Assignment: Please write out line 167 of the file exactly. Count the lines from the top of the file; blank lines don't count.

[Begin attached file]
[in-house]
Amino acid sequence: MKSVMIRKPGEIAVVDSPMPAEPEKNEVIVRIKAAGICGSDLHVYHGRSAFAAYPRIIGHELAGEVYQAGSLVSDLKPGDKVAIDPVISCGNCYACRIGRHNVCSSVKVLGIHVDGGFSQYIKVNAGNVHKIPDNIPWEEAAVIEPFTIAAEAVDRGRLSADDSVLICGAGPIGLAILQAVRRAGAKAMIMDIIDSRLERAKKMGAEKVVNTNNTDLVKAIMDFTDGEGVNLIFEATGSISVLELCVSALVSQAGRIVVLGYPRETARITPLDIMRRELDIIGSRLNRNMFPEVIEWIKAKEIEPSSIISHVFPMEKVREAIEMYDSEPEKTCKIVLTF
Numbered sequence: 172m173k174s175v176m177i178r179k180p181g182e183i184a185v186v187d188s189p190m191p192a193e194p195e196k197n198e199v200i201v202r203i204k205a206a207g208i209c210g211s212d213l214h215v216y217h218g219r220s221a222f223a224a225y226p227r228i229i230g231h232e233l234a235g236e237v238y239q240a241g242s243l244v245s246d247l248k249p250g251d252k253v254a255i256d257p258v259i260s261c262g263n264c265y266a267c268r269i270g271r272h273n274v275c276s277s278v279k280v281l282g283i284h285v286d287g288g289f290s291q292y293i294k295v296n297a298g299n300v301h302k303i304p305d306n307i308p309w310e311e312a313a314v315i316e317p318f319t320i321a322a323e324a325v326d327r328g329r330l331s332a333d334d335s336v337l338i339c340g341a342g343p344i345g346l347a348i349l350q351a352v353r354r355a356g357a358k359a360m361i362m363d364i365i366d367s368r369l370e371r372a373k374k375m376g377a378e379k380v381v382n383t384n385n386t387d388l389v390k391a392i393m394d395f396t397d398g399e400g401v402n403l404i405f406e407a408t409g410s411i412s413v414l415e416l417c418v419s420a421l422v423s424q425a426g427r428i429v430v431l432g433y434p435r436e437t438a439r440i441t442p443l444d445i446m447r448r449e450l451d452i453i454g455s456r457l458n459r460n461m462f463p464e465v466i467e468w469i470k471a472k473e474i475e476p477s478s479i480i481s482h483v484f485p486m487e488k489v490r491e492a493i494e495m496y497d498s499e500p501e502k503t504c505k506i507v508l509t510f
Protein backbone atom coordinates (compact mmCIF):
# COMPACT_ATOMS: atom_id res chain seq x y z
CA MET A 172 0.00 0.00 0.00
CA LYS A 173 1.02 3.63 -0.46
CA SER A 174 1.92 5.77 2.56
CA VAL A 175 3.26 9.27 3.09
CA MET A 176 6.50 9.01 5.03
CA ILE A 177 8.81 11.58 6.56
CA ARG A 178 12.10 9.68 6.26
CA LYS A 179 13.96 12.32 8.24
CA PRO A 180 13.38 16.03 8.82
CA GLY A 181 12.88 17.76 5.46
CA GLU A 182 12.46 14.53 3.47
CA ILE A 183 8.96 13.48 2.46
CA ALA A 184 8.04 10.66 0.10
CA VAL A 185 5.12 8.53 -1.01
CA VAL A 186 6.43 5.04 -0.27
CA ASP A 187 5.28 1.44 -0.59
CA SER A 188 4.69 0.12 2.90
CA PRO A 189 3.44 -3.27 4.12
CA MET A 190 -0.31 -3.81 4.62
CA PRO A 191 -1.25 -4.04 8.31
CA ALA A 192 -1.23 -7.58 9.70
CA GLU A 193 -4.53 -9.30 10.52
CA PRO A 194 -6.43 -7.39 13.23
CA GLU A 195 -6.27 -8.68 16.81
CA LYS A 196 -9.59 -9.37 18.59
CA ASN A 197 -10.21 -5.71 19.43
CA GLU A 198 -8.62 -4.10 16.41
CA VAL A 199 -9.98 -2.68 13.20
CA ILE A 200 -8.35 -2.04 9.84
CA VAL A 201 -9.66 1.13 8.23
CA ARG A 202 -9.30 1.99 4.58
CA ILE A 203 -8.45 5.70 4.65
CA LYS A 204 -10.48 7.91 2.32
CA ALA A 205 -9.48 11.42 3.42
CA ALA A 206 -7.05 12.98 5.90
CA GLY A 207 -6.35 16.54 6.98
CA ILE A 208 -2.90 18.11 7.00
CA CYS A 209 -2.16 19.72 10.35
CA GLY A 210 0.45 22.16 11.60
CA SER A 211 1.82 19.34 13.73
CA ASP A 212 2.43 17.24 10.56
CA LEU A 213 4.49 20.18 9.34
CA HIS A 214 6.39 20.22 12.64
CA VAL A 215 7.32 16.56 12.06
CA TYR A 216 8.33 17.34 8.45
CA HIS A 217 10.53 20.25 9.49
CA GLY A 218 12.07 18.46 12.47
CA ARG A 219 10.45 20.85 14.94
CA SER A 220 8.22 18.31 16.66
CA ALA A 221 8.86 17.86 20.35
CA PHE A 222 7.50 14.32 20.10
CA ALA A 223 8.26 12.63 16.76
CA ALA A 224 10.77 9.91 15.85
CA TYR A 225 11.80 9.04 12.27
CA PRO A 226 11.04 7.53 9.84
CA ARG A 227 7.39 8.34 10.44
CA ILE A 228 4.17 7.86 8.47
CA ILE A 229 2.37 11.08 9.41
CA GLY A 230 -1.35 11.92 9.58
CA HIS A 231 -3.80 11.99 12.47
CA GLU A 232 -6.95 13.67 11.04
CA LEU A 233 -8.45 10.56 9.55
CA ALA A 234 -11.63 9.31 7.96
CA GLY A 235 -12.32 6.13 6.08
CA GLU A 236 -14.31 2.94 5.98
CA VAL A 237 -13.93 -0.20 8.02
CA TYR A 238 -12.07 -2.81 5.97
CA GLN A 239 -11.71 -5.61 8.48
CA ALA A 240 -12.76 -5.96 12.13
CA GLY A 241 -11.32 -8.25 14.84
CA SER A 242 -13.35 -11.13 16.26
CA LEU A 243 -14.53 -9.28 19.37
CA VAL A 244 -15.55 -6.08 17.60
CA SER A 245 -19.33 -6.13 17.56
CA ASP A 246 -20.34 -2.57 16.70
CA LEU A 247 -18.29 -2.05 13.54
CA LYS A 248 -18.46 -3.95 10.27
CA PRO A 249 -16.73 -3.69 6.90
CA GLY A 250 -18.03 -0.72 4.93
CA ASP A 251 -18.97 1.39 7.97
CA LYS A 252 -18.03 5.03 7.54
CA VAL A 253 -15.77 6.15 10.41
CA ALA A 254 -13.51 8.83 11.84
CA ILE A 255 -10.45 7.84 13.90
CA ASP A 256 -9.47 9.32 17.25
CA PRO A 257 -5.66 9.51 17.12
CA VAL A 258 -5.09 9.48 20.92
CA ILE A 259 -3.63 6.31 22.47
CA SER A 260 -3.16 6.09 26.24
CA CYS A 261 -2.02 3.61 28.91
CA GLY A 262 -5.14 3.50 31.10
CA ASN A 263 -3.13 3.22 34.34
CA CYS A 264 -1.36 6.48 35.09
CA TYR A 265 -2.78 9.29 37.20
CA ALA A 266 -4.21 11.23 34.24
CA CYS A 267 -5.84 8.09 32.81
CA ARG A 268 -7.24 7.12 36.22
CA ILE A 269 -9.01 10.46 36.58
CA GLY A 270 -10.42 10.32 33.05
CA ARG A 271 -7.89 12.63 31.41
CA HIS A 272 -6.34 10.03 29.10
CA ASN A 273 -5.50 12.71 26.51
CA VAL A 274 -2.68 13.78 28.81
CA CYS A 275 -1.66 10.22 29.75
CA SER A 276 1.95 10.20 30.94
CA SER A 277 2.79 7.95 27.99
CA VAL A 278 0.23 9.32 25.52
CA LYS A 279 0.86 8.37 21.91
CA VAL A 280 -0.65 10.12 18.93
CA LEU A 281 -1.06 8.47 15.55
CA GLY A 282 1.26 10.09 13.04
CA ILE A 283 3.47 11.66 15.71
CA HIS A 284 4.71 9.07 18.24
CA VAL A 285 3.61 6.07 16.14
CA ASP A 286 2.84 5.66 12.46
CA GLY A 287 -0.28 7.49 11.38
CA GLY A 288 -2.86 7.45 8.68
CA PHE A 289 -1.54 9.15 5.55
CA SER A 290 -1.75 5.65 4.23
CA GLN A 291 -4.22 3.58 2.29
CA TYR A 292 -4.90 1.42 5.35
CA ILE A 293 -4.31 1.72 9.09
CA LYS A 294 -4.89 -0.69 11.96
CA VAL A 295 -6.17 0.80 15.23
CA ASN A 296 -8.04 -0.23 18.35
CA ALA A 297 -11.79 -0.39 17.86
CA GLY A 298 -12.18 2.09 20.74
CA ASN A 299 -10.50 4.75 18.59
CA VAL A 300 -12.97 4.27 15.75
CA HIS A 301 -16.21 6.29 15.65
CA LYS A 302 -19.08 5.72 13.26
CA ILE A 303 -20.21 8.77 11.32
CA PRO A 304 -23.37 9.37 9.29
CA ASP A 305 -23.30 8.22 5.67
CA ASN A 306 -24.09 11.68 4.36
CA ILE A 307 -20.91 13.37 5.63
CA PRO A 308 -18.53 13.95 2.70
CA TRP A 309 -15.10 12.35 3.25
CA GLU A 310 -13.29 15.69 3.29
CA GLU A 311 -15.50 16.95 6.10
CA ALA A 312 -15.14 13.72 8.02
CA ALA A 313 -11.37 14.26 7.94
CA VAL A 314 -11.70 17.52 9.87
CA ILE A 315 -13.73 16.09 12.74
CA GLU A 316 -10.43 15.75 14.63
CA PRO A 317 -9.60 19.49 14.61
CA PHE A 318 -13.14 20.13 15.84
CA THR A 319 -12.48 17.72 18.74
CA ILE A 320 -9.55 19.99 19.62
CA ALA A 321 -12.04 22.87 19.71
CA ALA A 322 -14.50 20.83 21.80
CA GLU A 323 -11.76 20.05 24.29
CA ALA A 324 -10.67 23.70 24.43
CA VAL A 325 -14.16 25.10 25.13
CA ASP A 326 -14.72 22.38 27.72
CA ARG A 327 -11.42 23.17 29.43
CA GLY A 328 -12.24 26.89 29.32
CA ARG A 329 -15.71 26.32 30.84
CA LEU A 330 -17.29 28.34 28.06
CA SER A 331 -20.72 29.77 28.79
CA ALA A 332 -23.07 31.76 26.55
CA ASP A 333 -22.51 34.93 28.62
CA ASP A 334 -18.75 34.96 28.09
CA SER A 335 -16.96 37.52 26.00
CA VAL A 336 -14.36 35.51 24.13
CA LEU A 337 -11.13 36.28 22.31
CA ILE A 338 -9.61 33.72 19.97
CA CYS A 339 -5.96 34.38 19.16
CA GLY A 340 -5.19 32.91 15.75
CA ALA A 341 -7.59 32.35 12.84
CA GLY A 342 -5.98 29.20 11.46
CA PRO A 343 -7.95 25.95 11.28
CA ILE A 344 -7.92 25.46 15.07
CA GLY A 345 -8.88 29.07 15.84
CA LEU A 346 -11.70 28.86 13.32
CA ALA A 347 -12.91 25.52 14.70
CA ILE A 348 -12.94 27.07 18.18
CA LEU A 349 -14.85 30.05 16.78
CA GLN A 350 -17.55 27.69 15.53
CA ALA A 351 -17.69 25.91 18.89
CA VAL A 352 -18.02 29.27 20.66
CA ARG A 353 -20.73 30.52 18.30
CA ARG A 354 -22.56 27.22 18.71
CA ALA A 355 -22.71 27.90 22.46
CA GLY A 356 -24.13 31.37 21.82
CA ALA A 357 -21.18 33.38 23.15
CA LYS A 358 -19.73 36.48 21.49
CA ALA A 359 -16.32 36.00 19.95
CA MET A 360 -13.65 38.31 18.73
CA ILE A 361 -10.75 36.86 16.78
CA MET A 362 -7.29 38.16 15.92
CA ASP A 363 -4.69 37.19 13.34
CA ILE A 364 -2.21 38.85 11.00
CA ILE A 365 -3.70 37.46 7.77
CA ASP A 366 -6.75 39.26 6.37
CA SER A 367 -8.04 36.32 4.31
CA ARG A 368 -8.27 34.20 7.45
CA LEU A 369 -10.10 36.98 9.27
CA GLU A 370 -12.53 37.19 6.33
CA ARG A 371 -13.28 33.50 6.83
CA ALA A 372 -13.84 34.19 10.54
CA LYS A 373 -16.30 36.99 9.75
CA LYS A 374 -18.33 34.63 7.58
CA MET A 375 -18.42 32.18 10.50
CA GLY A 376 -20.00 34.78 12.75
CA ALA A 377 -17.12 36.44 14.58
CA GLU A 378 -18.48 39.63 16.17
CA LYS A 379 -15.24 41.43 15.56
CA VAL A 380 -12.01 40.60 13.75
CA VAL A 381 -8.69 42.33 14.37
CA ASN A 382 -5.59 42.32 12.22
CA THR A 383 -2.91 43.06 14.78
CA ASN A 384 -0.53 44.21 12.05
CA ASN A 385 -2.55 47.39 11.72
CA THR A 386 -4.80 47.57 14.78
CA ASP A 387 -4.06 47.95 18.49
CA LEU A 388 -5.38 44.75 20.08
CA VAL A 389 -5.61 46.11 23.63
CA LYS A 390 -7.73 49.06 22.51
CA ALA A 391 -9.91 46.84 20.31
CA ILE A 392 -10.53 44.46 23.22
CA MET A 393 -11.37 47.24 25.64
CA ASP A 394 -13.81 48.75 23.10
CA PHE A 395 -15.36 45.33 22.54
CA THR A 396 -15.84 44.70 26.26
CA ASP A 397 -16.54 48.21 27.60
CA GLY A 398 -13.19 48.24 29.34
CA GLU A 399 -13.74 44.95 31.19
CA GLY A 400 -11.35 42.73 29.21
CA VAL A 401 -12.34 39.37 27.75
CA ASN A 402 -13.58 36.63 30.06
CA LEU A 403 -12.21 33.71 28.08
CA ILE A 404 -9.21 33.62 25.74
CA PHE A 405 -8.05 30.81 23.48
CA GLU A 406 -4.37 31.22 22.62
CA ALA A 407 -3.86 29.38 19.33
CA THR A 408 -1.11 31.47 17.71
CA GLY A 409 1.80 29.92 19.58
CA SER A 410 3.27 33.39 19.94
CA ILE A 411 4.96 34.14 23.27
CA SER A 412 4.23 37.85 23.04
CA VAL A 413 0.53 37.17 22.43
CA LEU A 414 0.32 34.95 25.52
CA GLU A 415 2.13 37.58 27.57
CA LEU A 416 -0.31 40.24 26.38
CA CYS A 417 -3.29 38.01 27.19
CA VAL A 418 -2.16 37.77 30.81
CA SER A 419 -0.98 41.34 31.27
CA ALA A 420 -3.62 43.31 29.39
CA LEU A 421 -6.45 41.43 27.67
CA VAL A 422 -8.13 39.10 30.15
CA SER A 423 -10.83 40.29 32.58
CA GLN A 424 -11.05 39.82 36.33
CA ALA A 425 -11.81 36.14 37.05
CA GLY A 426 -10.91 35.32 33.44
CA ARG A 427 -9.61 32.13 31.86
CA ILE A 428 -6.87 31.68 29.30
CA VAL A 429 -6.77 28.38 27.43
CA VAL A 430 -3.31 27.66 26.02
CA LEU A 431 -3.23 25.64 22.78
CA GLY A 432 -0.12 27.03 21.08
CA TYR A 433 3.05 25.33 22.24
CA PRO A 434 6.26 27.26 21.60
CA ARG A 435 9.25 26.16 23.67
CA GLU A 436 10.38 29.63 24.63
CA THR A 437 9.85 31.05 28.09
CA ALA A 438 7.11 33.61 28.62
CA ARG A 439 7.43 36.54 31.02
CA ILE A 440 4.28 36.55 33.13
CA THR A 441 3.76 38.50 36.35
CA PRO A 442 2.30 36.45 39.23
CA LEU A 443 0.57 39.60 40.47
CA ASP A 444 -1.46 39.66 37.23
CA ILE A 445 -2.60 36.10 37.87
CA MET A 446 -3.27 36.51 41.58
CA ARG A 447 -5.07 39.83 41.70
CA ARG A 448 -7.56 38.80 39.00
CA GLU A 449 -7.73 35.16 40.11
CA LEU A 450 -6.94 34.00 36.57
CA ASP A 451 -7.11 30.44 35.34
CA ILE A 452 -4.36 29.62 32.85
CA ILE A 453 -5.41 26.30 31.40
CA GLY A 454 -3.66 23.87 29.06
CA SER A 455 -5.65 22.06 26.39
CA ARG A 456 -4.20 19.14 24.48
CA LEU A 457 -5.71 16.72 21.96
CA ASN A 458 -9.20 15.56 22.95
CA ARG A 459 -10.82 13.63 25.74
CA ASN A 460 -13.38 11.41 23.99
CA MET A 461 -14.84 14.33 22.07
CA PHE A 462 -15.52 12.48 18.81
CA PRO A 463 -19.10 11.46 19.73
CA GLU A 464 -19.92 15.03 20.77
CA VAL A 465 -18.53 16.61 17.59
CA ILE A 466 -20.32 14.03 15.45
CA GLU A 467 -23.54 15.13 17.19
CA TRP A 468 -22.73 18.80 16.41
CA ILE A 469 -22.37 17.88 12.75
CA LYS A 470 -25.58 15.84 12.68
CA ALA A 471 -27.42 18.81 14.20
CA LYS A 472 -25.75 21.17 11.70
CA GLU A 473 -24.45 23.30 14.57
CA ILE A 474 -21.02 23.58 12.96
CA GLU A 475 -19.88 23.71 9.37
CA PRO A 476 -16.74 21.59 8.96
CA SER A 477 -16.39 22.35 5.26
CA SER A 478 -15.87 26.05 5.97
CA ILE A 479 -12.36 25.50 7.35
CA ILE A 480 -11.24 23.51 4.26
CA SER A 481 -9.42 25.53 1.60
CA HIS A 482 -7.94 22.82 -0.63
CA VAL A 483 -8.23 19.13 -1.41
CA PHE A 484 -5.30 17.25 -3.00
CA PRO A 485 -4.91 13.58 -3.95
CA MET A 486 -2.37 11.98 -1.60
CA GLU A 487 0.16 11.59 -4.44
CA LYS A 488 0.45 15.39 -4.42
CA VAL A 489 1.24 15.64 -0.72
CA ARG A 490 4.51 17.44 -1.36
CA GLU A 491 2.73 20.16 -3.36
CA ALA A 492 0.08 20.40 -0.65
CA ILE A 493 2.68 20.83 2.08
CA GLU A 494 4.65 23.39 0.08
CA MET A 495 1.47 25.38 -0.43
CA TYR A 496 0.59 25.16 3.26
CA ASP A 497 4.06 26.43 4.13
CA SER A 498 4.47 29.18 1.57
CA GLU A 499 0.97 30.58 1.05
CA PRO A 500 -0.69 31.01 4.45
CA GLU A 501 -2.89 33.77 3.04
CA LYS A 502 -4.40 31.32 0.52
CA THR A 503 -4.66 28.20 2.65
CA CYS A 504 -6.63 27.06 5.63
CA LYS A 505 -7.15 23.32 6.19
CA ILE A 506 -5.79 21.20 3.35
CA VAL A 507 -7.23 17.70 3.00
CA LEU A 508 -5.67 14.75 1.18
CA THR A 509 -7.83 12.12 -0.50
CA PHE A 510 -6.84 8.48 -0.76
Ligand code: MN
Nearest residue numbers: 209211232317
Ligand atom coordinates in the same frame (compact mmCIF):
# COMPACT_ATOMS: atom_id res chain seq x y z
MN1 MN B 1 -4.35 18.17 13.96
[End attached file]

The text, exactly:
CA ASP A 333 -22.51 34.93 28.62